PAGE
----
Japan is known for its slightly quirky festivals, and each year on March 3rd there is one dedicated to dolls which many girls take part in. These little dolls aren`t the kind that you play with though as they are just displayed in their exquisite costumes. Such dolls have often been in the family for generations, and the idea is that the dolls are used to teach girls about traditional values. In the week leading up to Hina Matusri, families put the dolls on display in their indoor entrances and living rooms with great pride.
Little did I know but Inatori, located in the southeast of the Izu Peninsula, is actually the birthplace of the Hina Doll Festival, a tradition dating back as far as the 8th century. There is actually a museum in the area which houses a vast collection of hina dolls. When I first went to Izu-Inatori Station in early May I was unaware of this fairly unique and interesting little museum. I found out about it just after I`d left so I knew I wanted to return. As it turned out, that happened to be the very next day!
It`s a fairly small museum but quite overwhelming as there are just so many things to take in. The temporary exhibition (it`s closed in July and August) includes figures of people, flowers, animals, fish and food. To be more specific these include rabbits, crawling dolls, purse, owls, monkeys, persimmon, peaches, tortoises, flowers, sparrows, sandals, drums, balls, pigeons, fish, cranes, carrots, bibs and many more. There are about 50 different types in total.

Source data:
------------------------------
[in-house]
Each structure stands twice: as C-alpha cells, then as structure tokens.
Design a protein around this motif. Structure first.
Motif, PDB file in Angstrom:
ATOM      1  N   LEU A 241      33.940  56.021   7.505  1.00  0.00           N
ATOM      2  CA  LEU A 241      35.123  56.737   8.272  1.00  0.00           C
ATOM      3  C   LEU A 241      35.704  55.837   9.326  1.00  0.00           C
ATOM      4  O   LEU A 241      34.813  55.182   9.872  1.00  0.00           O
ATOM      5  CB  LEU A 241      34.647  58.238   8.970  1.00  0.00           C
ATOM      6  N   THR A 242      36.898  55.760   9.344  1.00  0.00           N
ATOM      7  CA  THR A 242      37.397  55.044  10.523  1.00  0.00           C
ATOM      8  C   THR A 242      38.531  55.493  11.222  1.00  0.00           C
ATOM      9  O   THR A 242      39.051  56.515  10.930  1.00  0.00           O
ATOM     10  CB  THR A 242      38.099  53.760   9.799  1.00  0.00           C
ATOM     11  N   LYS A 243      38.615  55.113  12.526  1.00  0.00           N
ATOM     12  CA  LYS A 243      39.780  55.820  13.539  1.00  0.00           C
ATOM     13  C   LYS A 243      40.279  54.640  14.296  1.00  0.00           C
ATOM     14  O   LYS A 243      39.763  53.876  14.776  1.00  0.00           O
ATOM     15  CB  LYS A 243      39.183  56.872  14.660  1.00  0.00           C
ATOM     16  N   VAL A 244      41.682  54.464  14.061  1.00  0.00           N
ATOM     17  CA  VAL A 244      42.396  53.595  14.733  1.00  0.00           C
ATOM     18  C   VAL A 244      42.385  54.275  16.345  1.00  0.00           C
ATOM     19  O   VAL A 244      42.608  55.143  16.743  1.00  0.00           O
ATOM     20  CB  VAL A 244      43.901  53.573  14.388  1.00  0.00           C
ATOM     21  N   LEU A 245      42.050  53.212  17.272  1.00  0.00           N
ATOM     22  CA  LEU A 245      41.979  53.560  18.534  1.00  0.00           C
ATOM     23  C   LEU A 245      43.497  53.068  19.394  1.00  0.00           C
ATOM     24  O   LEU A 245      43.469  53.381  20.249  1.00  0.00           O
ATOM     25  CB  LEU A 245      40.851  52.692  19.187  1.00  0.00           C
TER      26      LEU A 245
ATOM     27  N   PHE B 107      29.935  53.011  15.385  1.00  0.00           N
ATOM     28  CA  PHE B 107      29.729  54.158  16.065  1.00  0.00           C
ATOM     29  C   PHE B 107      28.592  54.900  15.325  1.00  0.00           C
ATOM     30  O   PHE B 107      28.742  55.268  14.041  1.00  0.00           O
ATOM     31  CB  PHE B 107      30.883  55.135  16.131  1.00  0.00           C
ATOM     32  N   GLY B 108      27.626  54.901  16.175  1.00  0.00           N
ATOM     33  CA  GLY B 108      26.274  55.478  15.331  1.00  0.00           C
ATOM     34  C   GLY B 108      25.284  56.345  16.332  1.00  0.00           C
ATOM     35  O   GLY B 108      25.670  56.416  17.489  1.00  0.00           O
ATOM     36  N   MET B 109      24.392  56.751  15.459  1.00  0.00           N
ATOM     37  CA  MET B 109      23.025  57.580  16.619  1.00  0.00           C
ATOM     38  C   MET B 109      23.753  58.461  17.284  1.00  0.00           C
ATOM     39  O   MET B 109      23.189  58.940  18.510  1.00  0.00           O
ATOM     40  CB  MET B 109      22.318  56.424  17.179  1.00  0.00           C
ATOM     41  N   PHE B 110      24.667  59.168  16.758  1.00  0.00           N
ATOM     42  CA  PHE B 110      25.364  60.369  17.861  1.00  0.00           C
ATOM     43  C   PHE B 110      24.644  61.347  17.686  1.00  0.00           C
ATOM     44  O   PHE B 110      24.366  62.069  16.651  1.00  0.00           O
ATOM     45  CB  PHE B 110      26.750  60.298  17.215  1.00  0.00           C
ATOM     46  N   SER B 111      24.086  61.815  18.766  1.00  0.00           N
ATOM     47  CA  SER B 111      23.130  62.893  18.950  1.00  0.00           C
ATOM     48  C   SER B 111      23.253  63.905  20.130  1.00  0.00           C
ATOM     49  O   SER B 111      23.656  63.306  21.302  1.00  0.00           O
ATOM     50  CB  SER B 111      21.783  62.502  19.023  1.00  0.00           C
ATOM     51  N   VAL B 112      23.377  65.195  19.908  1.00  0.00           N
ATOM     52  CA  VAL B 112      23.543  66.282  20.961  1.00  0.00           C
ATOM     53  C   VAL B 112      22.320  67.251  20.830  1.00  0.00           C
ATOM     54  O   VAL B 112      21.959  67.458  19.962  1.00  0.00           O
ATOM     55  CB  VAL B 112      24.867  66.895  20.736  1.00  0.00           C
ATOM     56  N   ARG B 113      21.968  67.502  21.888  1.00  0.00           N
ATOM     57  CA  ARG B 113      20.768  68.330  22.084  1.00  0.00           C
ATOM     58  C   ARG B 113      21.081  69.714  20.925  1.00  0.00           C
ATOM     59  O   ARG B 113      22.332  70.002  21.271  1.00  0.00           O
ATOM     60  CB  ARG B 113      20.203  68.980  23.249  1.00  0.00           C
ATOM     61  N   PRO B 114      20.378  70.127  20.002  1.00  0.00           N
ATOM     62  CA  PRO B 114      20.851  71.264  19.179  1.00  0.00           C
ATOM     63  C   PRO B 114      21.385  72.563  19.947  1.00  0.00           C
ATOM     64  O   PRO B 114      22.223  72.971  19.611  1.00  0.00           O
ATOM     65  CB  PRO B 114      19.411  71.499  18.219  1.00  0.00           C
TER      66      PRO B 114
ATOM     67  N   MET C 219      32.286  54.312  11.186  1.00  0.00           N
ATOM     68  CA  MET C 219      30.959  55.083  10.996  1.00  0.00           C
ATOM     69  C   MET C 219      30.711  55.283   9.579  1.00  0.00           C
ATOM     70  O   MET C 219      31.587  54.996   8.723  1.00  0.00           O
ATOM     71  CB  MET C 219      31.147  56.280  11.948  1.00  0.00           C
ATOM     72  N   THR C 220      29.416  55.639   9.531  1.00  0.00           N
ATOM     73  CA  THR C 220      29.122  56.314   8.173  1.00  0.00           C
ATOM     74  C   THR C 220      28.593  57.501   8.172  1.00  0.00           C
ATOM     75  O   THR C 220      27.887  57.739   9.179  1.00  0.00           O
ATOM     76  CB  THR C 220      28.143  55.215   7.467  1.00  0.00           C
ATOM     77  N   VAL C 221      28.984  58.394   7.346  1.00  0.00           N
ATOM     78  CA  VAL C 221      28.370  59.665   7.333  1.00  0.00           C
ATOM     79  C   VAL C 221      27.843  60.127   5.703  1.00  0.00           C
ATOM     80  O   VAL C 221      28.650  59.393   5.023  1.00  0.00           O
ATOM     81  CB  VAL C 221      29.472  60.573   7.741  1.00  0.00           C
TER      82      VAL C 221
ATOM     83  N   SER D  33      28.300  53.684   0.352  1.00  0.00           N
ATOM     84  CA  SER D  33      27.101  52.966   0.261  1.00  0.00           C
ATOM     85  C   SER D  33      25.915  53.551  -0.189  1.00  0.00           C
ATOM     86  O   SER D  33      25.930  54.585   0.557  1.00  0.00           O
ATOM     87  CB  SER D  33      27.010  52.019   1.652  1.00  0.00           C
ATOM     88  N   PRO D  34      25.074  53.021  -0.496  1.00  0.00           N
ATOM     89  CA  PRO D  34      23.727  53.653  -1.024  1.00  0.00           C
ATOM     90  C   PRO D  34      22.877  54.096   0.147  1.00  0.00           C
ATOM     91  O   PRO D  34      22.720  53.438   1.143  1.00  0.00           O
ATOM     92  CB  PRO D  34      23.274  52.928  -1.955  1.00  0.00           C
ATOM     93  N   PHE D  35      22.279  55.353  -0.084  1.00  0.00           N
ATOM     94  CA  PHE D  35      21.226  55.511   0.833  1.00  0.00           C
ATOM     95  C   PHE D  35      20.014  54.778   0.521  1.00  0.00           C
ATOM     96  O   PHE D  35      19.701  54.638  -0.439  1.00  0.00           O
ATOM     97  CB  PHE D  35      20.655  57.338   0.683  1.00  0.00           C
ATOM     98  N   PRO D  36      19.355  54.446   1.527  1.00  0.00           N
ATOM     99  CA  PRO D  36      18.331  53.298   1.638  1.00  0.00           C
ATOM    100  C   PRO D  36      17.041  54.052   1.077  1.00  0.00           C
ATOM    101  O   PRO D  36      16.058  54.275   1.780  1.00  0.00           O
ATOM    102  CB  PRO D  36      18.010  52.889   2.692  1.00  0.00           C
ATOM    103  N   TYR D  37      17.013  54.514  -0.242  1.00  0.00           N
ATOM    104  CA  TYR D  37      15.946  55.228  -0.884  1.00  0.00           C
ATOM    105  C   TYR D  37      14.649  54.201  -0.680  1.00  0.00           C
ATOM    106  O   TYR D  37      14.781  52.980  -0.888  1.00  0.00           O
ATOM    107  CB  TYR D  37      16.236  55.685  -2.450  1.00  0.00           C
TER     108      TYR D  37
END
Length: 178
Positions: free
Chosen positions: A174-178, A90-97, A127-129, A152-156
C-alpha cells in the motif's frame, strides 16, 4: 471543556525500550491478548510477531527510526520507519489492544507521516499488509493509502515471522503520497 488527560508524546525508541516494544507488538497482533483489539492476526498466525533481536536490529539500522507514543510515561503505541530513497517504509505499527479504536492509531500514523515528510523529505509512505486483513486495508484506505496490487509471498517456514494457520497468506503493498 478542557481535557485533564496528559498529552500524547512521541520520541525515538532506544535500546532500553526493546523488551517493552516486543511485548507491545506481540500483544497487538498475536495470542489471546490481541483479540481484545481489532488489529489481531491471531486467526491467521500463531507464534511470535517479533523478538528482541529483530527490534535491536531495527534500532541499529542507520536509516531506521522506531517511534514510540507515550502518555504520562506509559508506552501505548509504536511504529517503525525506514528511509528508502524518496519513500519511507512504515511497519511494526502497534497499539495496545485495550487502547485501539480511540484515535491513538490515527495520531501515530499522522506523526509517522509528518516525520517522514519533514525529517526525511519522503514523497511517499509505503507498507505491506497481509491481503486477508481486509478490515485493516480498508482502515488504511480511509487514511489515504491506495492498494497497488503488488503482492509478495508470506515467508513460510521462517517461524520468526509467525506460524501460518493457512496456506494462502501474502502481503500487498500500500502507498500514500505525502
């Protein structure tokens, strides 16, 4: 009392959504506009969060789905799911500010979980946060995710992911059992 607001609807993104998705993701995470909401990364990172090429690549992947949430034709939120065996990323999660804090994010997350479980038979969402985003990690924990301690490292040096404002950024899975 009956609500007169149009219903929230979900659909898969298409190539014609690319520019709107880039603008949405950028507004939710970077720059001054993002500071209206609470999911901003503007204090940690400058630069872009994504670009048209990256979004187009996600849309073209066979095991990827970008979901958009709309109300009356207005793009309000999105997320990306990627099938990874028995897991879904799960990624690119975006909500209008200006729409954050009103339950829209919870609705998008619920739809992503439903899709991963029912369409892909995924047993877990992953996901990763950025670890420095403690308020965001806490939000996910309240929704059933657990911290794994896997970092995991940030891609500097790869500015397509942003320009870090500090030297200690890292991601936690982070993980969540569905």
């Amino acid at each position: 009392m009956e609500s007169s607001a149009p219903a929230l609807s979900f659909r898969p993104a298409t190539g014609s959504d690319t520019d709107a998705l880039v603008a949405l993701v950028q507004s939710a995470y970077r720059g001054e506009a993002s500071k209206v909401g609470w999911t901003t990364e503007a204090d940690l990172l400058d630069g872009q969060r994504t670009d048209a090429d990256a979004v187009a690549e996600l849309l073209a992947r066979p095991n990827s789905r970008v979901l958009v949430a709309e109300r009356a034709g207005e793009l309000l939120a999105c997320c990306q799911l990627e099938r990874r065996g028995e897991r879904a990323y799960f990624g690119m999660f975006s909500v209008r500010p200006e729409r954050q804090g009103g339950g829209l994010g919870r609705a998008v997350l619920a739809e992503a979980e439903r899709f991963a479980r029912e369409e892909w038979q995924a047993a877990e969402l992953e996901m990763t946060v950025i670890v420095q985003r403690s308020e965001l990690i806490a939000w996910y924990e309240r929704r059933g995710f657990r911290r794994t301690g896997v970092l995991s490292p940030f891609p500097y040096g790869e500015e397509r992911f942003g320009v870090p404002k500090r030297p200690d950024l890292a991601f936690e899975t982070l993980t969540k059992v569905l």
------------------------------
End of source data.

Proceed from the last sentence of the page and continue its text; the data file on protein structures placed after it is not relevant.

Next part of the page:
Before visiting this museum, I was only really aware of the figure-like dolls on display in peoples homes as well as customs such as floating them away on boats (bad luck or illness is thought to be taken away with the dolls) or even burning them. However, there is a hanging-doll decoration custom dating from the late Edo period (1603–1868) that is unique to Izu Inatori.
As everyone knows, Japanese homes (particularly in the big cities) are much smaller than their western counterparts so hanging dolls are often a better option. The Chinese zodiac is important for which animal may be incorporated into the handiwork. Odd numbers are essential too as they can`t be divided and are luckier so the works attached to each string cannot be even numbers.
These folkcrafts are all handmade using cloth, thread, string, and cotton and each doll reflects the thoughts of the maker, so no two works are the same. This tradition continued from the Edo period until WWII the custom not surprisingly began to fade away as peoples focus was elsewhere. It was revived about a decade after the end of the war and the tradition continues today where it is celebrated in this museum of its birthplace.
- The museum is located in Inatori Cultural Park at 1729 Inatori, Higashiizu, Kamo-Gun, Shizuoka-ken.
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